A 7.9 magnitude earthquake hit Costa Rica at 8:42am this morning, centering in Nosara, western Costa Ric,a about 87 miles from San Jose. The U.S. Geological Survey (USGS) said that the quake was felt as far away as Managua, the capital of neighboring Nicaragua.
There are no reports of injury so far, however many countries were on a tsunami warning, including Costa Rica, Panama, Nicaragua, El Salvador, Honduras, Mexico, Colombia, Ecuador, Guatemala and Peru.
Costa Rican President, Laura Chinchilla, said on her official Twitter account that, “there are no reports of loss of life or structural damage so far.” However, the city of San Jose was shaken up and citizens were frightened by the strength of the quake.
It was the biggest earthquake in Costa Rica since a 7.6 quake in 1991 left 47 dead, The Chicago Tribune reported. More recently, 40 people died in a 6.1 magnitude quake in January 2009.
How does a tsunami occur? How do we know when to shred, or run?
Let’s start with the basics. Also known as a seismic sea wave, a tsunami is a collection of extremely large waves created by earthquakes occurring below or near the ocean floor, in addition to volcanic eruptions and landslides. The waves from a tsunami can spread throughout the ocean with speeds exceeding 500 miles per hour. The unique part about these waves is that they generally have exceptionally long wait times of 10 min to 1 hour and even distances of up to 60 miles apart.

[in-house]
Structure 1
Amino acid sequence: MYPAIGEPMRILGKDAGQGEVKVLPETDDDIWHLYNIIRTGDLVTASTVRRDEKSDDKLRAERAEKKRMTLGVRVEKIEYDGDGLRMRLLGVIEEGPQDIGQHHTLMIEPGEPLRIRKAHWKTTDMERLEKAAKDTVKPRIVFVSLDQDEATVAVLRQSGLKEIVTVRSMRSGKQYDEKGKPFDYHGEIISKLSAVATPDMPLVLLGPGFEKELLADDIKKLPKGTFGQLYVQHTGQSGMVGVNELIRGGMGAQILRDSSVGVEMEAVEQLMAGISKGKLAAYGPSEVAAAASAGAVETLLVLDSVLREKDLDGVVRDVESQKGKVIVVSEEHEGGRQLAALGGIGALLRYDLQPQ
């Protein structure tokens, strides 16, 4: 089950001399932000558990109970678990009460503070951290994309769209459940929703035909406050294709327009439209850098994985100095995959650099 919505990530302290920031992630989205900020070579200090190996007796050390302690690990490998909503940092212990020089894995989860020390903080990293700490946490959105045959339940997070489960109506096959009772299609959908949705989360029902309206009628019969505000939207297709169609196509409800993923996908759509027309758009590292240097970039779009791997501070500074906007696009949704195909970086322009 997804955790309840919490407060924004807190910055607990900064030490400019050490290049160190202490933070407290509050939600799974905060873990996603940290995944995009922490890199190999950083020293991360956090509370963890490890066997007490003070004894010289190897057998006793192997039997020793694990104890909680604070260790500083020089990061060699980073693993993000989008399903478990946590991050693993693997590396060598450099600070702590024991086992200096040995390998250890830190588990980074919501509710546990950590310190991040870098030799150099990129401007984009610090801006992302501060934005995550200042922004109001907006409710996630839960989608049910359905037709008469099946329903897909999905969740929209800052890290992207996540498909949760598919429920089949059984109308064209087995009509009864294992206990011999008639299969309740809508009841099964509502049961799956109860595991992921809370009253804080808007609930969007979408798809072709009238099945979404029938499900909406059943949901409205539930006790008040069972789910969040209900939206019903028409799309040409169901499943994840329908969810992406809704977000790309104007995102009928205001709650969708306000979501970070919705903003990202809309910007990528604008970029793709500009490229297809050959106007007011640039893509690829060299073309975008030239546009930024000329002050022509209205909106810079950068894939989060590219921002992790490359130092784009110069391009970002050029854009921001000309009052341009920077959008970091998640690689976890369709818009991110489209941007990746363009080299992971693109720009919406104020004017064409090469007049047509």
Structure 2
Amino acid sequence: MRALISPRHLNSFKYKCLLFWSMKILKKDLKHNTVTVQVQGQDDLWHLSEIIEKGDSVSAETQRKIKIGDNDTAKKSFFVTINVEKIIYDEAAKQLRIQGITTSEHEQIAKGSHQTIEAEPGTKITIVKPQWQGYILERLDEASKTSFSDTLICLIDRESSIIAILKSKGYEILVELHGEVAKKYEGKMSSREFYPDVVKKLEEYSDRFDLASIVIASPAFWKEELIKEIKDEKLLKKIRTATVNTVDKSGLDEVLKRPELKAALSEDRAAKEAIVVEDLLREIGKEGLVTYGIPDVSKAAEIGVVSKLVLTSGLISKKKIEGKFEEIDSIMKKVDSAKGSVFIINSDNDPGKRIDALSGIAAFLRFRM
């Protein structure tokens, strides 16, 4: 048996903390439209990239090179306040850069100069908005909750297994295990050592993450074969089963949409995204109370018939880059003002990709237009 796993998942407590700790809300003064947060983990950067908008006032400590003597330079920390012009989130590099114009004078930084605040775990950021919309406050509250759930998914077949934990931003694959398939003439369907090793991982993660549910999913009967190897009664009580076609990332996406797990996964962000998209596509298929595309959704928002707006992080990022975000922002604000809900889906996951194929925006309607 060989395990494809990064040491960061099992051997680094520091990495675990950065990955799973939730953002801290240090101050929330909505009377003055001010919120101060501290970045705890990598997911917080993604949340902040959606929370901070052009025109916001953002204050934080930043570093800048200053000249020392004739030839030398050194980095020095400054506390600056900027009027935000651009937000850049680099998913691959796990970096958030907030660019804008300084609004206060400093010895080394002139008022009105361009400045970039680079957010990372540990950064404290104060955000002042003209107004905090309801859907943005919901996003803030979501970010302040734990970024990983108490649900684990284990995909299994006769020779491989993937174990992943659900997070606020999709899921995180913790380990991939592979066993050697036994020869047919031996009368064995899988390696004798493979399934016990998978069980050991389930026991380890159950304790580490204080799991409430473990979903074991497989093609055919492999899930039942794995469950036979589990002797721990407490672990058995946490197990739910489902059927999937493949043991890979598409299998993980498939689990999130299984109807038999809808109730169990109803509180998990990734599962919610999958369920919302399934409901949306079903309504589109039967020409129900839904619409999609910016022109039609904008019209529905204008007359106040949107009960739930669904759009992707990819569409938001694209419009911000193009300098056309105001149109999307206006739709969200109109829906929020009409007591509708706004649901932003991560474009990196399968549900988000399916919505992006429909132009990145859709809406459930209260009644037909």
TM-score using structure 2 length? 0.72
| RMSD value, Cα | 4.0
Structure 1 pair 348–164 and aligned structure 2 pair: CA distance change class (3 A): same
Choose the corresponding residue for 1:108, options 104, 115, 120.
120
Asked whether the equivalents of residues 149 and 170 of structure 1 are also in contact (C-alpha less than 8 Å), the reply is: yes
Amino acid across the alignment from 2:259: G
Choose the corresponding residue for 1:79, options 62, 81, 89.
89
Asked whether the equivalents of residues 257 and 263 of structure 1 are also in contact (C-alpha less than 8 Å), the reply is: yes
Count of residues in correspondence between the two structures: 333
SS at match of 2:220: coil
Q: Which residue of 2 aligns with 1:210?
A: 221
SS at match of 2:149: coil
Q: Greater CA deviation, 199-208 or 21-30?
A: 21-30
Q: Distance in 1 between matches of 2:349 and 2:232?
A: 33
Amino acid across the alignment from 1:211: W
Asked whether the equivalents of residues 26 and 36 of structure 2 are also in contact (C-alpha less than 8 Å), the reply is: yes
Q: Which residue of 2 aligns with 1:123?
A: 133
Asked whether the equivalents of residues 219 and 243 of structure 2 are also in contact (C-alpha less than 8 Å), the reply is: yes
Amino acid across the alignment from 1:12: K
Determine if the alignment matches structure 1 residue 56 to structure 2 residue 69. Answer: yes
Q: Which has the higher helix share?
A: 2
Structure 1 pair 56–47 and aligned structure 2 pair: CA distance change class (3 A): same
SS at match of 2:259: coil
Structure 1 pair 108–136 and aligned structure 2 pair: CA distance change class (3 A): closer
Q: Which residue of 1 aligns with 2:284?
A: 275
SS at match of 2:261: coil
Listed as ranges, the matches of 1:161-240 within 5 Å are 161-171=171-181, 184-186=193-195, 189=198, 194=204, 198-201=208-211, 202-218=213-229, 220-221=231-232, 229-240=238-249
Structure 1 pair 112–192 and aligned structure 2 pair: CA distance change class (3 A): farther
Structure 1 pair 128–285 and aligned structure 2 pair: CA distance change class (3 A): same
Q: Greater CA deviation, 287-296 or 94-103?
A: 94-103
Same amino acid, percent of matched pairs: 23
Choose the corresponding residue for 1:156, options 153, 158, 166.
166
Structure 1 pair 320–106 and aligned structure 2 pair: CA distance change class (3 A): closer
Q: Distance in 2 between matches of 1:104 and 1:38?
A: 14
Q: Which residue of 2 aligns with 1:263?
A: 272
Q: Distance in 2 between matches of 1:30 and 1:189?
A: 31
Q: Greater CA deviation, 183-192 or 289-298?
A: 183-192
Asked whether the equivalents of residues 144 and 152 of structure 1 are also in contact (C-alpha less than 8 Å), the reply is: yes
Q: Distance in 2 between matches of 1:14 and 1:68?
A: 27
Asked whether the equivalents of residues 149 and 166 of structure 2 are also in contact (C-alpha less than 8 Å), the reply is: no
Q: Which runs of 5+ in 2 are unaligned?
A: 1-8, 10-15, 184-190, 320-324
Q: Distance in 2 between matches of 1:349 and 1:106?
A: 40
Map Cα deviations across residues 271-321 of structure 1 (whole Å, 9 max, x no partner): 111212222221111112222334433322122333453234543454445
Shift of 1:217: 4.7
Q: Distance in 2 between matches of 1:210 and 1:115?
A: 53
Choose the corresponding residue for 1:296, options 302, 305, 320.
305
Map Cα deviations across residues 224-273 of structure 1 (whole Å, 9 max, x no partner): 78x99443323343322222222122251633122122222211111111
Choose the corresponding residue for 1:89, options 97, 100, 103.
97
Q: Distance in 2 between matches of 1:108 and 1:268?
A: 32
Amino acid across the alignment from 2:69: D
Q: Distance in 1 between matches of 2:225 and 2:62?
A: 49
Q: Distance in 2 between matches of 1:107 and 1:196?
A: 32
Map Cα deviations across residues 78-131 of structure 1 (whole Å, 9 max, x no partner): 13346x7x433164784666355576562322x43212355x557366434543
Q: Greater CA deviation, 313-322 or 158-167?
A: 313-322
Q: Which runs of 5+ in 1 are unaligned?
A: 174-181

The most frightening part of tsunamis is when they decide to head to the shoreline. The tsunami waves begin to slow down as they reach the coastline and the water stacks up, creating a huge wall of destruction with potential to reach over 100ft (International Tsunami Information Center).
And the question arrises… to surf, or not to surf? According to the University of Hawaii, it’s probably not the most appealing adventure seeing that the wave you will be paddling into has no face and is full of garbage, parking meters, pieces of building, dead animals and whatever else the seismic wave dominates in it’s path. Plus, you can’t even duck dive through the wave because the entire water column is in motion with the trough being 100 miles away.
Best option? Run, and look for higher ground! If by chance you start seeing the tide go out crazy far, then that is a pretty good sign you should get out of there. Remember, tsunamis definitely move faster than we can run, so the sooner you bail, the better!
As of 10:30 am, September 5th, Tsunami warnings have been called off until further notice. Check back on TheSurfChannel.com as we bring you updates from the natural distaster.
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